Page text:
Every season, New York gets treated to a fresh roster of buzzy eateries that trendy people and their trendy friends just have to go to. Less often, however, do the taste-making critics agree with the clout crowd. (Remember what they said about The Lobster Club?)
Frenchette may have opened all the way back in April, but this summer it became the most coveted spot in town. A foodie-wide desire no doubt exacerbated by a recent review in the New York Times, in which the always honest, sometimes brutal Pete Wells gave the place a gasp-worthy three out of four stars. That's really saying something.
But even Pete had a hard time getting a table. "Well-placed magazine editors with highly resourceful assistants can end up eating at 6 or 10 p.m., as I did," he said. Just check the restaurant's Resy page and you'll see he was hardly exaggerating. There are absolutely no dinner reservations available before 10 at night - and we're talking all week long. The good news, however, is that they do save tables for walk-ins, and the front bar room is first-come, first-served.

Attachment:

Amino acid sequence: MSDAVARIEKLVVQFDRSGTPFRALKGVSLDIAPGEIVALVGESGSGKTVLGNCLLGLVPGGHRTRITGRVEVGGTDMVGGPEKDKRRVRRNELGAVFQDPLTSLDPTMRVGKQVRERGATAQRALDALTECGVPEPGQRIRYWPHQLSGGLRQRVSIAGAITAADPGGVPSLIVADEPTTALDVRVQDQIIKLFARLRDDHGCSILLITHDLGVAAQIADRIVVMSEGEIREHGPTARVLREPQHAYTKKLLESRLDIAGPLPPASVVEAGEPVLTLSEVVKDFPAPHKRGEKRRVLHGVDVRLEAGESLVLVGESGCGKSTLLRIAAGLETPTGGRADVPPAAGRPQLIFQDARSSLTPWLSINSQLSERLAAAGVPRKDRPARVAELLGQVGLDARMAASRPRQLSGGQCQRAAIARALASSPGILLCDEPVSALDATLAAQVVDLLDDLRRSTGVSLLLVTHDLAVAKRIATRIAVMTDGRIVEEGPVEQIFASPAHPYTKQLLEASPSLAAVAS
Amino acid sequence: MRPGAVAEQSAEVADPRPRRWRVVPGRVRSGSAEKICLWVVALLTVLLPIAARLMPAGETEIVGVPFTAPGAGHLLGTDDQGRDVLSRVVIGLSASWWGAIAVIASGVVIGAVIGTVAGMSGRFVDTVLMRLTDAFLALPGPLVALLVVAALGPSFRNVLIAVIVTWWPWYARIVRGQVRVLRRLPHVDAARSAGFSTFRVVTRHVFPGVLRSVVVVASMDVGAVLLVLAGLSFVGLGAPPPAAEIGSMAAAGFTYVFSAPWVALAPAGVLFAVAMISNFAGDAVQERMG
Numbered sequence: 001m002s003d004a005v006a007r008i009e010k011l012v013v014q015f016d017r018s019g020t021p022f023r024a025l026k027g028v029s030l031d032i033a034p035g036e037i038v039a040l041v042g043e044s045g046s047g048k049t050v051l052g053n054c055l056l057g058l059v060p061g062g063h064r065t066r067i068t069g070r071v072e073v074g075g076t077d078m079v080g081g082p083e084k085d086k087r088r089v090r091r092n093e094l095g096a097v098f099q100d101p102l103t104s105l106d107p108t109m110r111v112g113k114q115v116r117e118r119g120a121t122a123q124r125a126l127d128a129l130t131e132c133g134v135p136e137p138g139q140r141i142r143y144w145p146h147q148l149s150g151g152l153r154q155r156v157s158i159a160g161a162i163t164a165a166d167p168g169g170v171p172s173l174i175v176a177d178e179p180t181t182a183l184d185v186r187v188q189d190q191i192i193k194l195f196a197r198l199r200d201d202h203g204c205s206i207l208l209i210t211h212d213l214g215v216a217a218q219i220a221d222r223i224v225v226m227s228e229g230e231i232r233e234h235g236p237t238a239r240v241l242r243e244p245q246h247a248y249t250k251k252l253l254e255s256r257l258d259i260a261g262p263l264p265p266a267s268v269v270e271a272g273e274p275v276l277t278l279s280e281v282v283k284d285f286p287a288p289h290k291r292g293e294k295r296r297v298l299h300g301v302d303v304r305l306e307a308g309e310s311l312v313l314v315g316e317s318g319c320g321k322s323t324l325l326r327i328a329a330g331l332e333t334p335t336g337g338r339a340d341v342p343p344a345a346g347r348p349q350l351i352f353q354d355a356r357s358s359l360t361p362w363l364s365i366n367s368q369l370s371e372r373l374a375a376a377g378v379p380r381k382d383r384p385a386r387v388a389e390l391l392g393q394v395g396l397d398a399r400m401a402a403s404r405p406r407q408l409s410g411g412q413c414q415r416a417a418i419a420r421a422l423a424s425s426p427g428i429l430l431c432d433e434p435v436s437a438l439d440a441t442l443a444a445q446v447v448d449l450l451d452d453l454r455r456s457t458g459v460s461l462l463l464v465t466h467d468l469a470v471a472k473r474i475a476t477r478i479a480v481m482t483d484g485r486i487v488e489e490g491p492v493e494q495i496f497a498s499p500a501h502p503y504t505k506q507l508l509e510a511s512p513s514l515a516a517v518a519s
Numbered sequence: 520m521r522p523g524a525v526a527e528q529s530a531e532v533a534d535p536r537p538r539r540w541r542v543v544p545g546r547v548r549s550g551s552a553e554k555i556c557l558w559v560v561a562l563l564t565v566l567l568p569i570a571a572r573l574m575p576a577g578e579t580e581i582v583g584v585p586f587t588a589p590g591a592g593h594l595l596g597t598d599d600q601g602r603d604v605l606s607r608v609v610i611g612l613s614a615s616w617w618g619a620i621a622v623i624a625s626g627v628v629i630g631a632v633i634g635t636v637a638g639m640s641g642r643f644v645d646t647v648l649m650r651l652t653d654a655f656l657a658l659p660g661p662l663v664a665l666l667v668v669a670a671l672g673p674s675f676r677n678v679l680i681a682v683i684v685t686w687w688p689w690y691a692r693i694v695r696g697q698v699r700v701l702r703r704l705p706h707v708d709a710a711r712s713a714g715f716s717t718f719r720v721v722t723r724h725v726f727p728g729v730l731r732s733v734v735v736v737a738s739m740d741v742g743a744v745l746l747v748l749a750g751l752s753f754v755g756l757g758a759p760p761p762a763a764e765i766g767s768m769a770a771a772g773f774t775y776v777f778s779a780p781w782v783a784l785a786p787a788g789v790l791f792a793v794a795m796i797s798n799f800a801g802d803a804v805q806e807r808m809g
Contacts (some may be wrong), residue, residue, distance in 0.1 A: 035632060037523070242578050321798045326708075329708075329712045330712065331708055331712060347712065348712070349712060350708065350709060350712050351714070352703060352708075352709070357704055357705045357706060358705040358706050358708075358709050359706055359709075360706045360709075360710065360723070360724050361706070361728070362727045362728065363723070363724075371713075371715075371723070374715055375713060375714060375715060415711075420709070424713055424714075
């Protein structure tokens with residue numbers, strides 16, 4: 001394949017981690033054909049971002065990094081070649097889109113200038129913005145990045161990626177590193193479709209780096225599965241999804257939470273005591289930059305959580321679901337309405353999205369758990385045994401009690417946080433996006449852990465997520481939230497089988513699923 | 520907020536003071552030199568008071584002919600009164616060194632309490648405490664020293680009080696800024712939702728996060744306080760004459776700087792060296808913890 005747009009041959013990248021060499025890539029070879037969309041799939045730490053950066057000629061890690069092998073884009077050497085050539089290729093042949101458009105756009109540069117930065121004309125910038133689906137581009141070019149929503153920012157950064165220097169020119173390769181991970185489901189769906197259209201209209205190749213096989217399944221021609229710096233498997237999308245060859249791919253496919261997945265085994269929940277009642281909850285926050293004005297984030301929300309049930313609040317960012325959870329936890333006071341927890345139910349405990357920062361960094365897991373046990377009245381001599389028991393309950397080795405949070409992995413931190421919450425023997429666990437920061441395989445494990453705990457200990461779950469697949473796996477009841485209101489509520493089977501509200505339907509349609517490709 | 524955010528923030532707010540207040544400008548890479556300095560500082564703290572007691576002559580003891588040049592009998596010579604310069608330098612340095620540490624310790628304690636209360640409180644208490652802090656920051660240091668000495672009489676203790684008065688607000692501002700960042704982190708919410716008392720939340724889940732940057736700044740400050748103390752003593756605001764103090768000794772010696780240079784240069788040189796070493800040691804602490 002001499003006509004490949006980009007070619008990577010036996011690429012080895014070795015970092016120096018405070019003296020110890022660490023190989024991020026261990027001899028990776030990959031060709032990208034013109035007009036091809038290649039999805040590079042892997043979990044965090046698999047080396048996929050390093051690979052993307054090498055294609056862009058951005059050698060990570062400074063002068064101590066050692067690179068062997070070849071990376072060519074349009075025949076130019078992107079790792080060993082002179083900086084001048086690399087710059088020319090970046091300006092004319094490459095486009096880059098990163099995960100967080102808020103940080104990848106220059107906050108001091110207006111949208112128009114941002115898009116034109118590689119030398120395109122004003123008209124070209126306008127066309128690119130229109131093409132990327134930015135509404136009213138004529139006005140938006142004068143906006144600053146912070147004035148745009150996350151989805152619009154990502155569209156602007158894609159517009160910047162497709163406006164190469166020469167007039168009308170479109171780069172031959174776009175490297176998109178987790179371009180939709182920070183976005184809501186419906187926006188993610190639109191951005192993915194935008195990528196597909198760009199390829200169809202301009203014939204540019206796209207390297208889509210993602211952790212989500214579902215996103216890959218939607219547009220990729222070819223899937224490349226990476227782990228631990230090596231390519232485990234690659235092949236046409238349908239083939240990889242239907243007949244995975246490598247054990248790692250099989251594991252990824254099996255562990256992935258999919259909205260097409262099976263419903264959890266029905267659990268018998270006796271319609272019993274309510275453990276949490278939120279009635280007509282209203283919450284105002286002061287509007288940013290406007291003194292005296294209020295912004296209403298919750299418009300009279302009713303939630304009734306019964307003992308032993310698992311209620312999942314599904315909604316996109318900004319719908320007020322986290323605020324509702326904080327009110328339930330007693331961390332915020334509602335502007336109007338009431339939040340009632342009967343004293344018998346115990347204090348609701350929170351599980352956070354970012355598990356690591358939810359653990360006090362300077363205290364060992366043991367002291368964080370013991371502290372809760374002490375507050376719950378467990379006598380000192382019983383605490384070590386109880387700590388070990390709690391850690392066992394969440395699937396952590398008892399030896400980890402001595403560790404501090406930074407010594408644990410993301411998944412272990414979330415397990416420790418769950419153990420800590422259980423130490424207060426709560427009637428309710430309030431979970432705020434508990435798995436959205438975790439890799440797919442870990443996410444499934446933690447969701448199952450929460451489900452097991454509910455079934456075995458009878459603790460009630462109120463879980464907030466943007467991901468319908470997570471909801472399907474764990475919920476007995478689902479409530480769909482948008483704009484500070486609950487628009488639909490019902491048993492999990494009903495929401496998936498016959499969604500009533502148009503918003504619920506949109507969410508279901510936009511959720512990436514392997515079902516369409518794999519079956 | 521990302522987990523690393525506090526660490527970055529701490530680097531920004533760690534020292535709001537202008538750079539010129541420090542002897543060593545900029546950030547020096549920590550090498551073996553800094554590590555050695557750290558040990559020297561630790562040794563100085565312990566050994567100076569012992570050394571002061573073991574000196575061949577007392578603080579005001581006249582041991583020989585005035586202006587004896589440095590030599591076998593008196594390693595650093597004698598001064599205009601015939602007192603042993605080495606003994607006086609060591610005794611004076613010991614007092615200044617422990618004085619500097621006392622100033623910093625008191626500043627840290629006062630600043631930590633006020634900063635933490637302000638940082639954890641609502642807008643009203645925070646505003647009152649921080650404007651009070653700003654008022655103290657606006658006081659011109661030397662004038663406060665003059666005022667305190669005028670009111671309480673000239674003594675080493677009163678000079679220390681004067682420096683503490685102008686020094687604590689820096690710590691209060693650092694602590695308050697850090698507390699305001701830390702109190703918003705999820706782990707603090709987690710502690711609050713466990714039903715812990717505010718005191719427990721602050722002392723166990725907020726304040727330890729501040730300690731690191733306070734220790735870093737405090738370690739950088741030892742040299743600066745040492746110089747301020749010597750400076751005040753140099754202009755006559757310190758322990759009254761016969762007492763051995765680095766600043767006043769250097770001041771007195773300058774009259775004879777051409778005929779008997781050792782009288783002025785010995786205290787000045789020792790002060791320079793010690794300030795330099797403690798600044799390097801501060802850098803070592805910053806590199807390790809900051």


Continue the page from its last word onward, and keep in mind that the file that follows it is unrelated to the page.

Clearly, the place is worth it. The modern brasserie in the heart of Tribeca is the brainchild of Riad Nasr and Lee Hanson, a duo who've been cooking together since 1997 under the guidance of restaurateur Keith McNally, who entrusted them with the success of his hot spots including Pastis, Schiller’s Liquor Bar and Minetta Tavern.
Frenchette, their first joint venture outside the McNally umbrella, seems to be surpassing even the most iconic of mainstays, including their first home, Balthazar.
According to Pete Wells, the succulent French-inspired menu is "full of dishes worth planning a night around." And you'll have to, especially if you don't have a reservation.